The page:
By Matthew K. Harding, President, Levin Management Corporation
Your neighborhood shopping center isn’t what it used to be.
While some say the Great Recession and the e-commerce phenomenon impacted the bricks-and-mortar landscape in a purely negative way, in reality we are seeing an interesting – and encouraging – tale of endurance and progress, illustrated by the ongoing transformation of retail property tenant mixes.
The changes are not singular – or linear. They involve new types of retail space users and the evolution of those working to adapt to a new setting influenced by socio-economic shifts and public policy. Ultimately, fresh opportunities are emerging in an industry for which change remains one of the only constants.
Not long ago, the presence of a gym at a shopping center was unusual. However, when the recession hit and many retailers began shuttering their doors, retail property owners found fitness tenants eager to step in and fill the vacancies.
At first, co-tenants were concerned about their new neighbors monopolizing parking or watering down the property’s range of products for sale. Yet they soon began to recognize the advantages of increased daily traffic from gym members.
Today, fitness tenants are shopping center staples, positioned as first-tier targets for retail leasing professionals. And they come in a range of price points and sizes, from Crunch Fitness and 24-hour Fitness on the larger end, to mid-size Retro Fitness and the boutique Orangetheory Fitness.
In a sense, the rise of gym tenants at retail properties was a precursor to a larger trend. Today, many shopping centers are transitioning from places where consumers go simply to buy goods and services. Now they visit to enjoy recreational opportunities and engage in community.
To this end, restaurants – especially fast-casual concepts like Panera Bread and Chipotle – are comprising a larger percentage of tenant mix than in the past. This is by design, as landlords work to re-introduce shopping as a recreational pastime.
Entertainment tenants are leasing spaces of all sizes, from big-box anchors like Dave & Busters to small paint-and-sip boutiques. Their success speaks to the viability of “retailtainment.”
At the same time, traditional bricks-and-mortar retailers — such as grocery and apparel, to name just two sectors — remain alive and well. However they, too, look a bit different than in the past.
Following the recent A&P bankruptcy and liquidation, a growing diversification in grocery tenants has taken place in the Northeast.
After several years with only a handful of expanding operators, we are seeing significant growth among chains including ShopRite, Acme, Trader Joe’s, and other specialty and ethnic grocers. Additionally, many non-grocery retailers like dollar stores and pharmacies are expanding their food components (although lease clauses may limit their amount of grocery-dedicated space).
In the apparel sector, a number of mid-price retailers, such as Mandee and Fashion Bug, have gone out of business over the years. However, bigger national department store players, like Nordstrom and Saks, are producing healthy sales numbers from growing their off-price concepts. Discount brands such as Kohl’s, T.J.Maxx, SteinMart and Ross also remain favorites among today’s cost-conscious consumers.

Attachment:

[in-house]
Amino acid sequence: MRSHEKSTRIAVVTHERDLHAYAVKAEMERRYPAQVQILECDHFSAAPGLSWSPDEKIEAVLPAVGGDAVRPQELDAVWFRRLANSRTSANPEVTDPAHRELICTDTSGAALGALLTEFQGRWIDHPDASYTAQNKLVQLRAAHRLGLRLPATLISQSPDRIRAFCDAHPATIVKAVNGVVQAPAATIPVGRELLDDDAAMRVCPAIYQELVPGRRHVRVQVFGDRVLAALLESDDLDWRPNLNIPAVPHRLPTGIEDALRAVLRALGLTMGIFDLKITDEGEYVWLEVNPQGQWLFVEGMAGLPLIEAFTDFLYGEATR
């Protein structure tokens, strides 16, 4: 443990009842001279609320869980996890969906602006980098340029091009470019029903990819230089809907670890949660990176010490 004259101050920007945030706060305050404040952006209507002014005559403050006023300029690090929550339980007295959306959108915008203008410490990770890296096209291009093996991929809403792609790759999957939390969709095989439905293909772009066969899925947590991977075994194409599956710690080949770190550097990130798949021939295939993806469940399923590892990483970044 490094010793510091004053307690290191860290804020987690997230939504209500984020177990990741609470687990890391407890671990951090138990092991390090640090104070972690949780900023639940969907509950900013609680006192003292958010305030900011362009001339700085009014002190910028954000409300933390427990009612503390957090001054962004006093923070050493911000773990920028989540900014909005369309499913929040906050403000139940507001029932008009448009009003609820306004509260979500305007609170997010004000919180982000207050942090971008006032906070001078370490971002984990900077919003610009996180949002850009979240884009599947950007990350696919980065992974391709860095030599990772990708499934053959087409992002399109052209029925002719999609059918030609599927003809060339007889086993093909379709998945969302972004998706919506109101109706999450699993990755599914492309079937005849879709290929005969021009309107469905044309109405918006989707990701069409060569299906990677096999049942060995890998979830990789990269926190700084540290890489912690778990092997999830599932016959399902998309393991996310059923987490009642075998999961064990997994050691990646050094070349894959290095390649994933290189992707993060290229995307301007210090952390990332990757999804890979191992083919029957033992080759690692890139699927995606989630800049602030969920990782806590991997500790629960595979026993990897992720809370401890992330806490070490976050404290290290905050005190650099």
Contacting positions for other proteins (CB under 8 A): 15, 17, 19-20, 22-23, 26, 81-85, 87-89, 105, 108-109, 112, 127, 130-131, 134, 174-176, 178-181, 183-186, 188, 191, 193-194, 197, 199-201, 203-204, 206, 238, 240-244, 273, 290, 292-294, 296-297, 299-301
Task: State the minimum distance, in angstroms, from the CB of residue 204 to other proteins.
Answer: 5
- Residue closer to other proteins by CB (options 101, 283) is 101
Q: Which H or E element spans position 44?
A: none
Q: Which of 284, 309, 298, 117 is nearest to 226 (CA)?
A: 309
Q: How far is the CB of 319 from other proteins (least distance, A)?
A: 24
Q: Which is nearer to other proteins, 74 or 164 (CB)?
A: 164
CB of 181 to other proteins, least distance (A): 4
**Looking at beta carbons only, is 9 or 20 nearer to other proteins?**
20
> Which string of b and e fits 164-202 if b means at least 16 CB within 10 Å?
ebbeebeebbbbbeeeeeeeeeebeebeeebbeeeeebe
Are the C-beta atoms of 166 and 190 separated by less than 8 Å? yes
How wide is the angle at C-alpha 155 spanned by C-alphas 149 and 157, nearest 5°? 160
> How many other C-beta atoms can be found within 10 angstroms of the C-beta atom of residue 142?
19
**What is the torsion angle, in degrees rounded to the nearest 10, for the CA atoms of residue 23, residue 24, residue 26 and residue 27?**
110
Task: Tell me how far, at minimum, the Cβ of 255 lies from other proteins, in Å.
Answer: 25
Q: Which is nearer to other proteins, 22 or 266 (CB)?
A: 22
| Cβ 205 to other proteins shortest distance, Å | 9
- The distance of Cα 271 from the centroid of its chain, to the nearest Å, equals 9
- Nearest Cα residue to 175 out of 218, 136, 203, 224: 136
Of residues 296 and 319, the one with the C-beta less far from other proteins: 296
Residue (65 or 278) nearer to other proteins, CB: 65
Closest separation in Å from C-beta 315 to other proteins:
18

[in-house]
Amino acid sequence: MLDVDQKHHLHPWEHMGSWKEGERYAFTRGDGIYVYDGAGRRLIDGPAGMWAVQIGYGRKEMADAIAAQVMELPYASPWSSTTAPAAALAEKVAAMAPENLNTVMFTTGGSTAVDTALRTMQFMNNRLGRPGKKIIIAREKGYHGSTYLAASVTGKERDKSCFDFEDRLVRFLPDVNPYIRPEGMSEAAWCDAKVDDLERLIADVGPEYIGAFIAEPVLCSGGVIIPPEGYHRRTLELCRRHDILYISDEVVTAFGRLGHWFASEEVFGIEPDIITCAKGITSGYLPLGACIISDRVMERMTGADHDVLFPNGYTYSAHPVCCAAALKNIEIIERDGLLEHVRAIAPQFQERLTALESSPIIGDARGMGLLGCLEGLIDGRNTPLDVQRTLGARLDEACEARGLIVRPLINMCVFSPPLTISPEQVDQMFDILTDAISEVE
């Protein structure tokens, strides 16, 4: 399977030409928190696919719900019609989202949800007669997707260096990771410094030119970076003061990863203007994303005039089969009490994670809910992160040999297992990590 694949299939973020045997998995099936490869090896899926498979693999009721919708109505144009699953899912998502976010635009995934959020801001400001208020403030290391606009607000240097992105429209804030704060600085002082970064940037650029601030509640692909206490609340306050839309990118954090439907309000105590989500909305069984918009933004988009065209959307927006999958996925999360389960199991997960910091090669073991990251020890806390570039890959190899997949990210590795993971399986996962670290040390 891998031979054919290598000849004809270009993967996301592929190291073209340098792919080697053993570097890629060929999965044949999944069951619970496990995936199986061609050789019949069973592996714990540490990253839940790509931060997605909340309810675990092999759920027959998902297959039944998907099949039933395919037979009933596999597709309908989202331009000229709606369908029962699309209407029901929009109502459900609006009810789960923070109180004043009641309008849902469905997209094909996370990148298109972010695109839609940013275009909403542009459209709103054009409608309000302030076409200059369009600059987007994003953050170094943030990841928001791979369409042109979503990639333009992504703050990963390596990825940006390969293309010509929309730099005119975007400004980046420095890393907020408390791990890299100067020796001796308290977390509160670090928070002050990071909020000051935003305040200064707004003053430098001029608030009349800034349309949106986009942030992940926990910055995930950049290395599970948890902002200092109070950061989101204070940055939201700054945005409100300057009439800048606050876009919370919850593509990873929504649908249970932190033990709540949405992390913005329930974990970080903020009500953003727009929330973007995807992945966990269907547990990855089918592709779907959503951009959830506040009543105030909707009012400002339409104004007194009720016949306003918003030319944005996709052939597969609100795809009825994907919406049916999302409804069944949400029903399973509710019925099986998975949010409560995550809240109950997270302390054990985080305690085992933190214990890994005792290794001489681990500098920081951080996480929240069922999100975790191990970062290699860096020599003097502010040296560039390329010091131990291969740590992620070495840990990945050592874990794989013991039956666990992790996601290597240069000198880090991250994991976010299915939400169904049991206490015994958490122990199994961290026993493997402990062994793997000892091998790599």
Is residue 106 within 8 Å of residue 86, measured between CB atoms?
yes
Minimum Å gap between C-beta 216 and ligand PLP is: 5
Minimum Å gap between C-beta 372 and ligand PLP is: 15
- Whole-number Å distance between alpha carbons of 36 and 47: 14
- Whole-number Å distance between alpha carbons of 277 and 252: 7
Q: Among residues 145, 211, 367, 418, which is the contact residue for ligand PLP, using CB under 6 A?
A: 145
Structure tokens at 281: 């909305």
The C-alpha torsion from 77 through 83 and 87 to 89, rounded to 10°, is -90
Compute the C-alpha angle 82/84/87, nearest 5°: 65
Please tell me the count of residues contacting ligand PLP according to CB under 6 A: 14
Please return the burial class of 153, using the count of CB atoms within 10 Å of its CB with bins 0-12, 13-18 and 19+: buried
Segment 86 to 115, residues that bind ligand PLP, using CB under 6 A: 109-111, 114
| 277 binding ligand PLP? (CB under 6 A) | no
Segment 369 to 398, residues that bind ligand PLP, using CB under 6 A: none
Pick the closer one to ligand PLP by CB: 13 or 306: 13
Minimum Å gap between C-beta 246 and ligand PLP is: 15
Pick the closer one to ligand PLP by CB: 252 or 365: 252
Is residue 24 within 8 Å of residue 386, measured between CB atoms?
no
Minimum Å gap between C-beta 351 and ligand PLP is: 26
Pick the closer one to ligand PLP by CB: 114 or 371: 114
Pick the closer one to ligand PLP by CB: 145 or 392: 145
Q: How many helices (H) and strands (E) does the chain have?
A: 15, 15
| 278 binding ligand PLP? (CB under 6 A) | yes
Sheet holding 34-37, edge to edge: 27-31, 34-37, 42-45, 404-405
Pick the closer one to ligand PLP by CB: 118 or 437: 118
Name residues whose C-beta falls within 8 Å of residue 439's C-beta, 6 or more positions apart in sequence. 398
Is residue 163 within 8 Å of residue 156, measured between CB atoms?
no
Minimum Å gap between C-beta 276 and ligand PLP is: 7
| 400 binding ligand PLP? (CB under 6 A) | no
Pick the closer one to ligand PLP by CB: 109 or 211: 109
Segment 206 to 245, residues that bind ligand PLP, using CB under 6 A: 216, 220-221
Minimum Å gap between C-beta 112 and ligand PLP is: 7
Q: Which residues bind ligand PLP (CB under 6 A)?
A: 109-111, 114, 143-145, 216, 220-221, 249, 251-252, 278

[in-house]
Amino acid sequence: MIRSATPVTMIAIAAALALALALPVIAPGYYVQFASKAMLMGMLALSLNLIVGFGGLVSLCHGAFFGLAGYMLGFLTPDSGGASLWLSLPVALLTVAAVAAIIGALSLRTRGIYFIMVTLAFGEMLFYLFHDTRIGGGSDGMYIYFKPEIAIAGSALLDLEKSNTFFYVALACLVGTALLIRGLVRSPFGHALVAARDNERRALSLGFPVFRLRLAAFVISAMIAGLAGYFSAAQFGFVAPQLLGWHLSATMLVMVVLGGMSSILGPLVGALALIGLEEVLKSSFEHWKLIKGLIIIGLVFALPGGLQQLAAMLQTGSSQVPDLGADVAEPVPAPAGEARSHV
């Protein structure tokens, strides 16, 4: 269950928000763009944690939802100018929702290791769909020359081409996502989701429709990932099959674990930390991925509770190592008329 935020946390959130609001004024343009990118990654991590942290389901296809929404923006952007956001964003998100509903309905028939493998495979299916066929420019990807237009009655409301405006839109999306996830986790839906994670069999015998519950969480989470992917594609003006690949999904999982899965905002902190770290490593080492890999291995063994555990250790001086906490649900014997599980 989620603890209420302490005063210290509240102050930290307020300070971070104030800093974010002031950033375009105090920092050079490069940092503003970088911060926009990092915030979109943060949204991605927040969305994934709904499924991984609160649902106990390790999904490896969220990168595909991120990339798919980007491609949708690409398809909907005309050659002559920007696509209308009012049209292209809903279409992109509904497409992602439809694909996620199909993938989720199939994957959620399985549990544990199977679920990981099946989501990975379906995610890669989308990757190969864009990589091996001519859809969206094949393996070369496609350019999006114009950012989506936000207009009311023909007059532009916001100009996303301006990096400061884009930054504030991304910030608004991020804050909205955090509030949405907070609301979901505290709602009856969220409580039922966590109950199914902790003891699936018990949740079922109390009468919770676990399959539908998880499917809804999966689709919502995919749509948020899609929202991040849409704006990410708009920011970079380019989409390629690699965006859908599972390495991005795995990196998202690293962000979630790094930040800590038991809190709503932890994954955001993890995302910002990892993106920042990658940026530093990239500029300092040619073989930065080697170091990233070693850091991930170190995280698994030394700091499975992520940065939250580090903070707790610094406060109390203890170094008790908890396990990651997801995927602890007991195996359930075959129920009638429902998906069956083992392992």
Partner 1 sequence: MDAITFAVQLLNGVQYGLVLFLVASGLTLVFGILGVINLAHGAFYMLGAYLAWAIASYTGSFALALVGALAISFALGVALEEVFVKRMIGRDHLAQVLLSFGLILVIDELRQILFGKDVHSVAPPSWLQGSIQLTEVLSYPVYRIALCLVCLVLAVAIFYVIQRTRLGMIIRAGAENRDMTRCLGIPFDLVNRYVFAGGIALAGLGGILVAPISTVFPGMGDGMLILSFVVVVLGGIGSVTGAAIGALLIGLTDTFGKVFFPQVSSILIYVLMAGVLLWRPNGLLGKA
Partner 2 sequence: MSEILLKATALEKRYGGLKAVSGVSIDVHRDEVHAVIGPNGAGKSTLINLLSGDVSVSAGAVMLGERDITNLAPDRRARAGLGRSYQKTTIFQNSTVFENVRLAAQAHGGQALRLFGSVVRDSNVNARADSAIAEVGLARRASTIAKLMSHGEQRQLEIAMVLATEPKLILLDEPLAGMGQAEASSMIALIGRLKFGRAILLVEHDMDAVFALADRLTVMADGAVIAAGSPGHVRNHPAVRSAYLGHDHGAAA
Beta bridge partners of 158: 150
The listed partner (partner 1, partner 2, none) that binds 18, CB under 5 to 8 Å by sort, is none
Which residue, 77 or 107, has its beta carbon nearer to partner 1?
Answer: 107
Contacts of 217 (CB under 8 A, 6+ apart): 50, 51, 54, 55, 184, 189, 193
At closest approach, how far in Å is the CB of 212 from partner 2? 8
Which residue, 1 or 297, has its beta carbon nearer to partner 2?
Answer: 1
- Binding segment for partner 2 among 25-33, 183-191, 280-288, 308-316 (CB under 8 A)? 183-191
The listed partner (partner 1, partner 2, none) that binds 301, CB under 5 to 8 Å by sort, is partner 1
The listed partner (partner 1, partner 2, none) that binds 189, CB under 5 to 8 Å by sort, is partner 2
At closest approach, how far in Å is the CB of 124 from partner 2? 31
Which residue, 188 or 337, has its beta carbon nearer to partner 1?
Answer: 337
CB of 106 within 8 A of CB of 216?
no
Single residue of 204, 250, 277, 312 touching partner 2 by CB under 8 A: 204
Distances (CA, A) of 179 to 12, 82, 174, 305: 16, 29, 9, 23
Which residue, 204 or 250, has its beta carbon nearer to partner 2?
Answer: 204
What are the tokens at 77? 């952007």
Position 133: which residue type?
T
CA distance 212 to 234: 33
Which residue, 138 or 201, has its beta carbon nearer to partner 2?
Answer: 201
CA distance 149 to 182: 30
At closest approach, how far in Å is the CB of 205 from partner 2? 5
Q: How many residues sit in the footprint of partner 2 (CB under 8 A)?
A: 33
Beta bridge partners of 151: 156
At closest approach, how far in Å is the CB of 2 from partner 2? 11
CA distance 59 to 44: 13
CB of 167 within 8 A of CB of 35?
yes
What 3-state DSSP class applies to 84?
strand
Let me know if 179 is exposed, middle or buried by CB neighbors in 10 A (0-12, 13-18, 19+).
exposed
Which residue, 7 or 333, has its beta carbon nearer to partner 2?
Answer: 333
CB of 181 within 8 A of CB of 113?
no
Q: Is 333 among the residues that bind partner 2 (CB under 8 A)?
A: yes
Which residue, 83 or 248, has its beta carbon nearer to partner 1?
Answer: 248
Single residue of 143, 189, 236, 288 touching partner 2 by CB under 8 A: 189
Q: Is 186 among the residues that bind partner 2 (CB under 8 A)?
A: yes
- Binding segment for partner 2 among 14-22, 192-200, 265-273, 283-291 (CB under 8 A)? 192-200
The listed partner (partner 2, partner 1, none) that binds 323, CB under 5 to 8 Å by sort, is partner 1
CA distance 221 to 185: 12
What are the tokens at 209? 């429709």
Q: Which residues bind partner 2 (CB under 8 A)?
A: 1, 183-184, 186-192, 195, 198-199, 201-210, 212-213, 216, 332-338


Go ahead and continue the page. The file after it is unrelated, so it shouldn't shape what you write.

Yet e-commerce has made an undeniable and significant impact on traditional bricks-and-mortar stores.
The conversation has shifted, however, from “survival” to “opportunity,” and physical-store retailers are rethinking their approaches. They are capitalizing on opportunities to meet changing consumer needs and desires by giving customers a good reason to visit their stores.
The trends go beyond the grocery and apparel categories. Retailers across a wide range of specialties are looking for new ways to serve and engage customers.
In Levin Management Corporation’s most recent tenant poll, nearly 40 percent of participants indicated they have adapted their business model in response to e-commerce growth.
Among those respondents, many are adding in-store services and incentives, incorporating in-store pickup and return options for purchases made online, and increasing co-ordination with their online operations. Others are altering store inventory, introducing experience draws and/or changing their store prototypes.
In addition to the shopping habits of Millennials and Baby Boomers, one significant driver in shifting tenant mixes ties directly to public policy.
Changing healthcare laws are incentivizing people to choose walk-in clinics over trips to the ER. At the same time, hospital systems are decreasing operating costs and improving customer service by establishing outpatient services in non-medical satellite locations. The resulting boost in space demand has come at a time when retail supply has been plentiful. This is giving rise to a new breed of non-traditional tenants.
Urgent-care, imaging centers, doctor’s offices and dentistry chains in retail settings have something in common with their non-traditional predecessor, the fitness tenant.
A shopping center-based trip to the doctor, like a workout at a gym, translates into a visit to the grocery store or a lunch date at a neighboring restaurant. In this regard, healthcare tenants are queued up to become the next “normal” retail space users.
The bottom line is that shopping center tenant mixes and tenants, themselves, have always evolved to accommodate culture. Time and again, long before the latest recession, rise of e-commerce and healthcare industry disruption, the retail industry has continued to re-invent itself to survive – and thrive.